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McNeely v. Crosswhite

United States District Court, N.D. Alabama, Southern Division

November 19, 2014

MARK CROSSWHITE, as President and CEO of Alabama Power Company, et al., Defendants

Jerry Wayne McNeely, sui juris, Plaintiff, Pro se, Bessemer, AL.



Pro se Plaintiff, Jerry Wayne McNeely, has filed a complaint against Mark Crosswhite, as the President and CEO of Alabama Power Company, and Twinkle Andres Cavanaugh, as the President of the Alabama Public Service Commission (the " PSC").[1] Plaintiff asserts claims under the First, Fourth, Fifth, Thirteenth, and Fourteenth Amendments, 42 U.S.C. § § 1983 and 1985, 18 U.S.C. § § 241 and 242, and a variety of state law theories. (Doc. 1 at 1). Plaintiff seeks monetary damages and injunctive relief.[2] As explained below, the complaint is due to be dismissed in its entirety for lack of federal subject matter jurisdiction.


The complaint arises from a dispute between Plaintiff and Alabama Power. The dispute culminated when electrical service to Plaintiff's home was terminated in October 2014 Plaintiff, who describes himself as an " ordained Itinerate Elder of ecclesia" (Doc. 1 at 3), claims his religious beliefs preclude and excuse him from paying utility bills and more generally asserts " that Christians by their very nature cannot pay rates and be held responsible for a debt or suffer consequences for failure to pay utility rates." (Doc. 1 at 5). Plaintiff claims he is only " responsible for paying the actual cost of the service to his house at his location up to the total actual incremental cost" of providing power. (Doc. 1 at 9). However, Plaintiff asserts he should not have to pay " public rates" or taxes. (Id.).

In June 2014, Plaintiff began receiving " unwanted solicitation threatening in nature" --presumably demands for payment from Alabama Power. (Doc. 1 at 4). Plaintiff responded in writing, asserting his claimed religious exemption and demanding to be left alone. (Doc. 1 at 4). Despite Plaintiff's claimed religious exemption, Alabama Power continued to send letters demanding payment. (Doc. 1 at 4-6). Sometime after September 29, 2014, " electric utility vehicles accompanied by Jefferson County Sheriff vehicle" approached Plaintiff's home and blocked traffic. (Doc. 1 at 6). An unknown man exited the utility truck, opened plaintiff's fence, and removed an electric meter attached to the home. (Doc. 1 at 6). Plaintiff's power went out, but power was restored after the unknown utility worker attached a new meter to the home. (Doc. 1 at 6-7). On October 17, 2014, electrical service to Plaintiff's home was terminated. (Doc. 1 at 7). Plaintiff's electrical appliances and computers stopped working, and Plaintiff began to experience headaches and difficulty sleeping. (Doc. 1 at 7). On at least one occasion, Plaintiff stumbled and fell in the dark, injuring his head and " various parts of our bodies." (Doc. 1 at 7).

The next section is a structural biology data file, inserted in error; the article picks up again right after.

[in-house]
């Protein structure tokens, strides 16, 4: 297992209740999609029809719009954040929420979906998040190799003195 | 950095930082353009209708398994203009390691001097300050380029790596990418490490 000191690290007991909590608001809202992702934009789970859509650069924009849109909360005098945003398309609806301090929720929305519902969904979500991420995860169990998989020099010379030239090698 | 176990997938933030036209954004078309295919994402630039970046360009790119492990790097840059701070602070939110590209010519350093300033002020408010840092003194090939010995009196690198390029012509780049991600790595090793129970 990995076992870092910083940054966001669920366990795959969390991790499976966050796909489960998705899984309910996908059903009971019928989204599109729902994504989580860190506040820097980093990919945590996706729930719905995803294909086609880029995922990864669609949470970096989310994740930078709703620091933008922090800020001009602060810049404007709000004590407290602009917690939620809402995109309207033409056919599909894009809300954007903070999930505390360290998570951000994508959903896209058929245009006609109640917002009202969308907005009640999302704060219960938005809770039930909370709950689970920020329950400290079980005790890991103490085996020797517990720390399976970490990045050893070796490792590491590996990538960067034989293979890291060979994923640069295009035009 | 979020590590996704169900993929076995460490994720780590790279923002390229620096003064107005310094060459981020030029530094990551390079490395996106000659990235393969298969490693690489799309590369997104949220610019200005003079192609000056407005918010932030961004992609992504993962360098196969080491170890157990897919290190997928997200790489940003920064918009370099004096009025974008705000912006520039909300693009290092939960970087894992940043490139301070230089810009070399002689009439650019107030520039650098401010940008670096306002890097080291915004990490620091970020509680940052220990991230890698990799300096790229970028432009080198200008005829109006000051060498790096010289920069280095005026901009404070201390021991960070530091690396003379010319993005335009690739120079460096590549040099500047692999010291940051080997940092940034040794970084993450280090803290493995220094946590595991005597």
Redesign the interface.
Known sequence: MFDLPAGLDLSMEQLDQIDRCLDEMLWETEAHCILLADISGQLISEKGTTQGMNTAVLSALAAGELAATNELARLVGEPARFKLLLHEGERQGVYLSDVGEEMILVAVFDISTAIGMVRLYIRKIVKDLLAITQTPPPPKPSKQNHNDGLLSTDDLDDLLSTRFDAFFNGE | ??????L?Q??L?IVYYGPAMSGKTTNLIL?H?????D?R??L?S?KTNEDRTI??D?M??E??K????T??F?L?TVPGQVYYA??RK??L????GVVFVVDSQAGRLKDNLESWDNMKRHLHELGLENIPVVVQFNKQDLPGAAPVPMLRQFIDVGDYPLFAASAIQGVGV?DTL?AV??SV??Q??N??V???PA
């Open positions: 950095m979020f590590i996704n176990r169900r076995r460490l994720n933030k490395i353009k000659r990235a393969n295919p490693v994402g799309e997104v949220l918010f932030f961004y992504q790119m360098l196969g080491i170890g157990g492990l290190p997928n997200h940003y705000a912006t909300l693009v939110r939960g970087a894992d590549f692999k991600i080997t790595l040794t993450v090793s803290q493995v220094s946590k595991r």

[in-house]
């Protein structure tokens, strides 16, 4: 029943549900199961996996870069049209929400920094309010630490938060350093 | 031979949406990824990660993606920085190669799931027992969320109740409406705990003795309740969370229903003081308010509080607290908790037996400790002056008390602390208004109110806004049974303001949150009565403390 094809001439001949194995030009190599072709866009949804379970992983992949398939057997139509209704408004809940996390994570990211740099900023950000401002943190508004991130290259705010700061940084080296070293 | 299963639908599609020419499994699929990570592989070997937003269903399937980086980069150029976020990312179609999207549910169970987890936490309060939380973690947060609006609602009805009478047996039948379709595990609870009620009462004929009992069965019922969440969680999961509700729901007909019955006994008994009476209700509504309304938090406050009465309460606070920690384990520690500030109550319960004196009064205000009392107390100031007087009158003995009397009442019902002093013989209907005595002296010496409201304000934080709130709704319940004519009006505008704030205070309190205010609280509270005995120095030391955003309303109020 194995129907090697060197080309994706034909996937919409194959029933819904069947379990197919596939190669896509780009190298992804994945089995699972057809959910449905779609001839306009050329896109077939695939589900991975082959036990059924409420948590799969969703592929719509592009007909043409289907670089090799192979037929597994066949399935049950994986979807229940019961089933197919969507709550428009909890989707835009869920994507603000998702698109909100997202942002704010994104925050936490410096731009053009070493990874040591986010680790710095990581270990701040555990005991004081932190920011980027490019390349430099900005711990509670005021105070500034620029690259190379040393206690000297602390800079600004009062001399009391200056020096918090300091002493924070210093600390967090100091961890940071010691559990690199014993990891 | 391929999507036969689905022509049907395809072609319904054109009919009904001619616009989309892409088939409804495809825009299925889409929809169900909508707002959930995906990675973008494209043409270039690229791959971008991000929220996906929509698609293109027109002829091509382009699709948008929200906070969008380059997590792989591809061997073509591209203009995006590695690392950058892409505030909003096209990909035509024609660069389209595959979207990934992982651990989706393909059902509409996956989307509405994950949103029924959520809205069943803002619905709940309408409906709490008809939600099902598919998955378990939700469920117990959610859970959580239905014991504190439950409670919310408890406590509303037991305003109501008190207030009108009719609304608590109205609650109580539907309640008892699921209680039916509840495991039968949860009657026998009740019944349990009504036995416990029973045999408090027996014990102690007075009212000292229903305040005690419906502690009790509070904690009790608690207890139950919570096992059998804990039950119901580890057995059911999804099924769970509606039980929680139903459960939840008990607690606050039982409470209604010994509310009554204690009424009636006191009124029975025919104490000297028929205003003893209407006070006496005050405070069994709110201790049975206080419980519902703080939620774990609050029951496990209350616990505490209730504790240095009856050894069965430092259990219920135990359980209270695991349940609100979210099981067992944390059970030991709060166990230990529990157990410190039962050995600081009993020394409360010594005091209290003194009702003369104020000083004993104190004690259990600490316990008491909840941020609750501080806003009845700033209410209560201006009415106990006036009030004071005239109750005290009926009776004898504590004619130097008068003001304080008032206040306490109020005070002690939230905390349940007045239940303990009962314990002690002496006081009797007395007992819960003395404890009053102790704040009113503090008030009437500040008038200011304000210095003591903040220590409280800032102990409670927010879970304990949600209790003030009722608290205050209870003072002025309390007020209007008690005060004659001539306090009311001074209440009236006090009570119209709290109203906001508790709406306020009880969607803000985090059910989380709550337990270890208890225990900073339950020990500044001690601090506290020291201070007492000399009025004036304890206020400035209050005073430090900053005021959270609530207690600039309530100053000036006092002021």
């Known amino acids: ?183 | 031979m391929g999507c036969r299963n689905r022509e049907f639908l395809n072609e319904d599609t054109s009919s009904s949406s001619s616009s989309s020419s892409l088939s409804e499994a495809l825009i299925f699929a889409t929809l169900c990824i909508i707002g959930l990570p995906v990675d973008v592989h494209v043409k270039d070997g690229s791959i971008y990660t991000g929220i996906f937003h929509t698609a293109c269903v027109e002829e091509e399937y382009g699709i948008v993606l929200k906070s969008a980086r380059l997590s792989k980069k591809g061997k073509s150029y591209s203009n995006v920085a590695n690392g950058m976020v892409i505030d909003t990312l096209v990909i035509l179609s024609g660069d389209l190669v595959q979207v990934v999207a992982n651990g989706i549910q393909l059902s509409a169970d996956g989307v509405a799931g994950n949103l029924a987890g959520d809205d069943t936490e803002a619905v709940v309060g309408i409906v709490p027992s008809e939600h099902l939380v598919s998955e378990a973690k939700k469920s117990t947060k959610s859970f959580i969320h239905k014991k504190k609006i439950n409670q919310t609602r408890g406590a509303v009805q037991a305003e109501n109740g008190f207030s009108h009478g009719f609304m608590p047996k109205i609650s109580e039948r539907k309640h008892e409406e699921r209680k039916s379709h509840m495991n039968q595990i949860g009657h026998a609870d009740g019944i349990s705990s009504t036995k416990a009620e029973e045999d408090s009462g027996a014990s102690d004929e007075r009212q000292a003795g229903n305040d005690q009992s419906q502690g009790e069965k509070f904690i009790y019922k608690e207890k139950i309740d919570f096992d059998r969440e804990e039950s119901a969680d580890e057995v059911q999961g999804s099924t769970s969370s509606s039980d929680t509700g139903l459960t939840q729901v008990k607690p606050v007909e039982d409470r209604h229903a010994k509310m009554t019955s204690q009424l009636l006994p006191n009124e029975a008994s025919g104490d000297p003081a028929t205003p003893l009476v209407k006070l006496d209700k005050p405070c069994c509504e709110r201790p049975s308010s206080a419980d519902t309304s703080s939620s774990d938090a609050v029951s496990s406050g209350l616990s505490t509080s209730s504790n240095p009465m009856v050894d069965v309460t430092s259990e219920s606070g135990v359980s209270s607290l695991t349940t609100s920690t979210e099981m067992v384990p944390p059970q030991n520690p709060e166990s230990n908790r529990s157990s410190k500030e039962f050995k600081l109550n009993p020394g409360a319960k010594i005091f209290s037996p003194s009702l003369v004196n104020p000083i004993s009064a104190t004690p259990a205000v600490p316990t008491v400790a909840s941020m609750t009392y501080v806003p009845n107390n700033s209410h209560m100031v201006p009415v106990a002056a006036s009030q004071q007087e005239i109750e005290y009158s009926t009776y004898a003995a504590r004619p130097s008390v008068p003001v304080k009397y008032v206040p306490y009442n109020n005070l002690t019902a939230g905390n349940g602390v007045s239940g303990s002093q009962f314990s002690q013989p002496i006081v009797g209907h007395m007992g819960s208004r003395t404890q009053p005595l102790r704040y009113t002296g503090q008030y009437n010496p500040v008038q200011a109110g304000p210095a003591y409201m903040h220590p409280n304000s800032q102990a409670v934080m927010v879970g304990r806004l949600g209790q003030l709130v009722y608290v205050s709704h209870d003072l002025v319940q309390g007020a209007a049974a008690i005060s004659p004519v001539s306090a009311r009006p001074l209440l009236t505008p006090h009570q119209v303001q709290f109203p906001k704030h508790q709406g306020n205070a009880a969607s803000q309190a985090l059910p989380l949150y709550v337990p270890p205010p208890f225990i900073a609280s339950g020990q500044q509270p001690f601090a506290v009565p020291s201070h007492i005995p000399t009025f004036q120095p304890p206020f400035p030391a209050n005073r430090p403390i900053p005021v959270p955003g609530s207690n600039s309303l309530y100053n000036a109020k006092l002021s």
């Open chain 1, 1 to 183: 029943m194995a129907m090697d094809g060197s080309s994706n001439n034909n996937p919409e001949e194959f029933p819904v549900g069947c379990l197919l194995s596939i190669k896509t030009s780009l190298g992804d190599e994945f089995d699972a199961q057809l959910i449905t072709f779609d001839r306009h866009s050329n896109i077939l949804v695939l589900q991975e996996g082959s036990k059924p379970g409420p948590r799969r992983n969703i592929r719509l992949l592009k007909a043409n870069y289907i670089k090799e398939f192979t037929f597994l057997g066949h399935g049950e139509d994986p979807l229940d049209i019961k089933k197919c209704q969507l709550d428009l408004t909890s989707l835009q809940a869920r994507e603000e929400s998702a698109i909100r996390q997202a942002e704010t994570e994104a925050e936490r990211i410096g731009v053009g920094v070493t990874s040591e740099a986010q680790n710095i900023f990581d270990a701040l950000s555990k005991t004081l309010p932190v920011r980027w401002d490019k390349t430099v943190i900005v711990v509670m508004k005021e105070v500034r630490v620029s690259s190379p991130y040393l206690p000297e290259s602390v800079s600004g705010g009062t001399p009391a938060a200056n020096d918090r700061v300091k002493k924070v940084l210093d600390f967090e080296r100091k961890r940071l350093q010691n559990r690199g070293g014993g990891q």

Plaintiff called Alabama Power and the PSC to advise them his power was not working. (Doc. 1 at 7). The complaint alleges that, during these calls, representatives of the defendants " seemed to laugh" or " poke fun" at Plaintiff. (Doc. 1 at 7-8). Instead of accepting Plaintiff's claimed religious exemption, the defendants were " hostile" and hung up on Plaintiff. (Doc. 1 at 8). Plaintiff's requests to speak with Crosswhite and Cavanaugh were refused, and neither defendant responded to Plaintiff's voice messages. (Doc. 1 at 8). The complaint alleges that these actions " have produced a chilling effect on [Plaintiff's] enjoyment and engagement in federally protected rights and privileges." (Doc. 1 at 8).

By way of relief, Plaintiff requests the return of electrical service, a declaration that Plaintiff is not obligated to pay utility rates or taxes, and an award of compensatory damages, punitive damages, costs, and fees. (Doc. 1 at 12). Plaintiff has also requested an exemption from court costs and fees, which the undersigned construes as a motion to proceed in forma pauperis . (Doc. 1 at 12).


Federal courts have limited jurisdiction and are " obligated to inquire into subject matter jurisdiction sua sponte whenever it may be lacking." Bochese v. Town of Ponce Inlet, 405 F.3d 964, 975 (11th Cir. 2005). If at any time it becomes clear that a federal court lacks subject matter jurisdiction, it " must dismiss the action." Federal Rules Of Civil Procedure 12(h)(3); see Nat'l Parks Conservation Ass'n v. Norton, 324 F.3d 1229, 1240 (11th Cir. 2003). Where a federal court lacks subject matter jurisdiction, pre-answer sua sponte dismissal is appropriate. See Blankenship v. Gulf Power Co., 551 Fed.App'x 468, 471 (11th Cir. 2013). As explained below, there is no federal subject matter jurisdiction over any of Plaintiff's claims.

A. Federal Jurisdiction is Lacking Under Section 1331.

" The district courts have original jurisdiction of all civil actions arising under the Constitution, laws, or treaties of the United States." 28 U.S.C. § 1331. However, a claim invoking federal law may be dismissed for lack of subject matter jurisdiction if it: (1) " clearly appears to be immaterial and made solely for the purpose of obtaining jurisdiction"; or (2) " is wholly insubstantial and frivolous." Blue Cross & Blue Shield of Ala. v. Sanders, 138 F.3d 1347, 1352 (11th Cir. 1998) (quoting Bell v. Hood, 327 U.S. 678, 682-83, 66 S.Ct. 773, 90 L.Ed. 939 (1946). In order to qualify as " wholly insubstantial and frivolous, " a claim must be " devoid of plausible foundation" or there must be a prior Supreme Court decision clearly foreclosing the claim. Id.; see McGinnis ...

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